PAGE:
eter Paul Rubens, the 16th-century Flemish artist, is known for his baroque, dramatic allegories of saints and sinners, gods and goddesses, the latter often semi-nude and well-rounded, deserving of the adjective Rubenesque. This remarkable artist spoke six languages, served as a diplomat, traveled extensively and often depicted exotic scenes from the distant past with crowds of figures in costumes selected from his own extensive collection.
Rubens fascination with costumes is pertinent to a current exhibition at the Getty Museum, Looking East: Ruben's Encounter with Asia on view through June 9. The focus is Ruben's exquisite 1617 drawing Man in a Korean Costume from the Getty's own collection. Ever since they purchased the work on paper from a private English collection in 1983, art historians have been perplexed. Where had Rubens seen a Korean man? Or had he? Some believe that the model must have been Antonio Corea, a Korean brought back to Italy by a Dutch trader who had bought him as a slave while in Japan. At least, it is possible that Rubens had heard about him while in working in Rome. Where had Rubens been able to see Korean silk robes? The hermit kingdom was still closed to trading and foreign visitors. But Jesuit priests active in China and Japan at the time may have acquired a Korean costume while there and brought it back to Antwerp, the great trading city where Rubens lived. Whatever the case, with black and red chalk Rubens limned a drawing that has become fascinating to scholars and now can fascinate us.
This curious drawing led Getty curator Stephanie Schrader to organize a small exhibition that asks as many questions as it answers. The impact of Rubens drawing in the 17th century can be seen in the fact that the image of the Korean man was borrowed by other artists, reproduced as a print and in books of the period. Rubens also used his face and costume in an oil sketch for an altarpiece commissioned by the Jesuits, The Miracles of St. Francis Xavier, showing the triumph of Christian faith over crumbling pagan beliefs in Asia.
The show includes another Rubens drawing of Jesuit priest Nicolas Trigault in Chinese Costume, January 17, 1617, with arms folded and hands hidden in the sleeves. But it is in three-quarters and rather stiff compared to the bold frontal gaze of the man in the Korean costume, whose eyes are angled upward though his facial structure, complete with dimples and pouty lips, appears rather European.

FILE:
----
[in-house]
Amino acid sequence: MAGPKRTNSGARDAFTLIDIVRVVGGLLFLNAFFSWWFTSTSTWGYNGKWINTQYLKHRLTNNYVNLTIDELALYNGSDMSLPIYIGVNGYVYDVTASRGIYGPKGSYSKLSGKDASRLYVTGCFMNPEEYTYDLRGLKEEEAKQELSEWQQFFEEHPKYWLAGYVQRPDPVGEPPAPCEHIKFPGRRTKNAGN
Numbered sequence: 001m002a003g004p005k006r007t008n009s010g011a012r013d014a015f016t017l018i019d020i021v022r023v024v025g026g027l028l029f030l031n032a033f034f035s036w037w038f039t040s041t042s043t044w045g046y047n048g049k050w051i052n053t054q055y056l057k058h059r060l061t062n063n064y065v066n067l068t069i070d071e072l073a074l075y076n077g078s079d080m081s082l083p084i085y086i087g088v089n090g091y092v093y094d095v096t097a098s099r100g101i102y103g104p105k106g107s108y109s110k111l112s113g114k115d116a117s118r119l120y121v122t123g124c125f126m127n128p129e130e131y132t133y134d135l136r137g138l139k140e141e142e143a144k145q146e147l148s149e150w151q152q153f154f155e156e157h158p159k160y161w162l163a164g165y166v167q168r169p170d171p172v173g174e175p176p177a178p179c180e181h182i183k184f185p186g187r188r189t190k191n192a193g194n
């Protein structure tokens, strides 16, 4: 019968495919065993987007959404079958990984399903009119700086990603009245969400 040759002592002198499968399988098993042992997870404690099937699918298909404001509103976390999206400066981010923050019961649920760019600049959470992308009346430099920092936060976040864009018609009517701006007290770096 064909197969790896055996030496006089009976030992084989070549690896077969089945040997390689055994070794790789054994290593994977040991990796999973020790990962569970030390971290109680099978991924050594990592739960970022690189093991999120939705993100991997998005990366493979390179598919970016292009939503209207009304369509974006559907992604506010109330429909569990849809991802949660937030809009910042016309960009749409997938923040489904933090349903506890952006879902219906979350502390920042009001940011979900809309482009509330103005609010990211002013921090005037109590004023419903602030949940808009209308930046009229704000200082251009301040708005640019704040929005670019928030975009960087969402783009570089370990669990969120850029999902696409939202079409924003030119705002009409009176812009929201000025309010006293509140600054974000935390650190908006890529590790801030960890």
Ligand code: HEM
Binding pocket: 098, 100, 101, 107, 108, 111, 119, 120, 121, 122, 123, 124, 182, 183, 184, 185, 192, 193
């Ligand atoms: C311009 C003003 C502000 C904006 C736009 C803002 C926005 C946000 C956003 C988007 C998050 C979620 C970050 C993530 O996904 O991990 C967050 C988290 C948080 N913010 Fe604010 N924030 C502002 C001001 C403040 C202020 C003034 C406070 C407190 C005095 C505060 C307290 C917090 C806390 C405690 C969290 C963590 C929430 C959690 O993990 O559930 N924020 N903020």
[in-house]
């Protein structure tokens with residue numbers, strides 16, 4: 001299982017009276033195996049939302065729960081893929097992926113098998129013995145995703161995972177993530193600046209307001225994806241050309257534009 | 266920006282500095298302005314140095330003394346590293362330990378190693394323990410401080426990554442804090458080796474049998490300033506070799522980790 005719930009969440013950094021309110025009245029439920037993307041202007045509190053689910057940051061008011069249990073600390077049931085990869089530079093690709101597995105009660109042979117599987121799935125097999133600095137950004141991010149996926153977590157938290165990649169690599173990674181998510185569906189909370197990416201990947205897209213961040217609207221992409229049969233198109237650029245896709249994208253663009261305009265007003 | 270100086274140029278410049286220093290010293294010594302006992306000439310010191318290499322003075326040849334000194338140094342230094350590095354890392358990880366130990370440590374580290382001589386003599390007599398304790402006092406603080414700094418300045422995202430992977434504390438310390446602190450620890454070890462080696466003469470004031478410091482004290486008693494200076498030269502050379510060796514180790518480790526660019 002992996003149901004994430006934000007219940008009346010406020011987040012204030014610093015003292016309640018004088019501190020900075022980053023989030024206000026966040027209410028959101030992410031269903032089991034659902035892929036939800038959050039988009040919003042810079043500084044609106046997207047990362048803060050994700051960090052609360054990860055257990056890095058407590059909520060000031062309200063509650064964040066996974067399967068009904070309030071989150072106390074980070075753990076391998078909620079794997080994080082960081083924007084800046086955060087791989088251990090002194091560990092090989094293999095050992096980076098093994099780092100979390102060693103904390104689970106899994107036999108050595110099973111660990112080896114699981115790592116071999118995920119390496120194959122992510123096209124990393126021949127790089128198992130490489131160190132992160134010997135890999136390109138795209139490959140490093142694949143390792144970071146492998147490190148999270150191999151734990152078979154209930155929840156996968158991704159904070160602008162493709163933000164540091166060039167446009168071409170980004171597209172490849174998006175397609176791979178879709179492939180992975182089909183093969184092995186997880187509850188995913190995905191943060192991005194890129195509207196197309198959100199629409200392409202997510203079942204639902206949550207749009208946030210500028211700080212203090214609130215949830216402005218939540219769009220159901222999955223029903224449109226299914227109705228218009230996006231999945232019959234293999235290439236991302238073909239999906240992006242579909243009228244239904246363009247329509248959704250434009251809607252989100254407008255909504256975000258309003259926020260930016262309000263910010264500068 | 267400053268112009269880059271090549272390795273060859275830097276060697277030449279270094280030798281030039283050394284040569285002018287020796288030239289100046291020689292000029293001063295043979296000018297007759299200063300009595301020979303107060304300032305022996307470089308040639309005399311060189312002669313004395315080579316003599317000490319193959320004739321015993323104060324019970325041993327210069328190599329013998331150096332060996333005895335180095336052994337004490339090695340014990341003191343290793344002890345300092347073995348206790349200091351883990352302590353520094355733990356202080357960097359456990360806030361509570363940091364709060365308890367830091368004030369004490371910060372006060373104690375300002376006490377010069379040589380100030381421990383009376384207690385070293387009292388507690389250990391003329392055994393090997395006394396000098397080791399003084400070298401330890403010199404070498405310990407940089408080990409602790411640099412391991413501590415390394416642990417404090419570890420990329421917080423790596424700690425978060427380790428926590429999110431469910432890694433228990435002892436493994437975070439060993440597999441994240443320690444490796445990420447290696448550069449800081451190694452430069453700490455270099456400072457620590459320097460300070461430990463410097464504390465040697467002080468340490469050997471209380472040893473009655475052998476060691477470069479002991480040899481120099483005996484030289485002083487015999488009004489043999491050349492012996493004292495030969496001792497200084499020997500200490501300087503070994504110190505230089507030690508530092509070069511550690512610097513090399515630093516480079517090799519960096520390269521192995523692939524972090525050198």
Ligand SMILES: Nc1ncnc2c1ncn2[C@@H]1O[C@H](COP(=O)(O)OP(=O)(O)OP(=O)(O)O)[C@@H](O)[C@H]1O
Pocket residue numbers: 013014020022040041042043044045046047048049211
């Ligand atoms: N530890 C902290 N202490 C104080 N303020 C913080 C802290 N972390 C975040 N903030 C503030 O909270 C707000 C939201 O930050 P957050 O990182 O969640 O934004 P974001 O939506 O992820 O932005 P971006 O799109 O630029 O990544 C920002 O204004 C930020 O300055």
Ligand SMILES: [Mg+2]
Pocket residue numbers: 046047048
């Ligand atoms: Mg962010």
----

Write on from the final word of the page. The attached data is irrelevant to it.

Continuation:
Yi Myeong-gi and Kim Hong-do: "Portrait of Seo Jik-su," 1796
Paint on silk, 148.8 x 72.4 cm (58 9/16 x 28 1/2 in.)
National Museum of Korea
© National Museum of Korea, Seoul
To compare the styles of portraiture from the two cultures, the show includes two Korean portraits from the same period. A display case features a pair of silk Korean robes that appear quite similar to the one rendered by Rubens though he gave them deeper folds and greater volume. Seventeenth century maps and books reveal the limited knowledge in Europe about Korea as well as detailed accounts of travels in the Far East by Jesuits and others.
By the way, Rubens' drawing of Man in a Korean Costume has long been the subject of widespread speculation in Korea where it has become the subject of a popular novel and even a musical. For more information, go to Getty.edu.
Petrus Plancius and Jan van Linschoten: Itinerario, voyage ofte schipvaert (map), 1594; Hand-colored map, 41 x 58.5 cm (16 1/8 x 23 1/16 in.); Courtesy of The Huntington Library, San Marino, California. This item is reproduced by permission of The Huntington Library, San Marino, California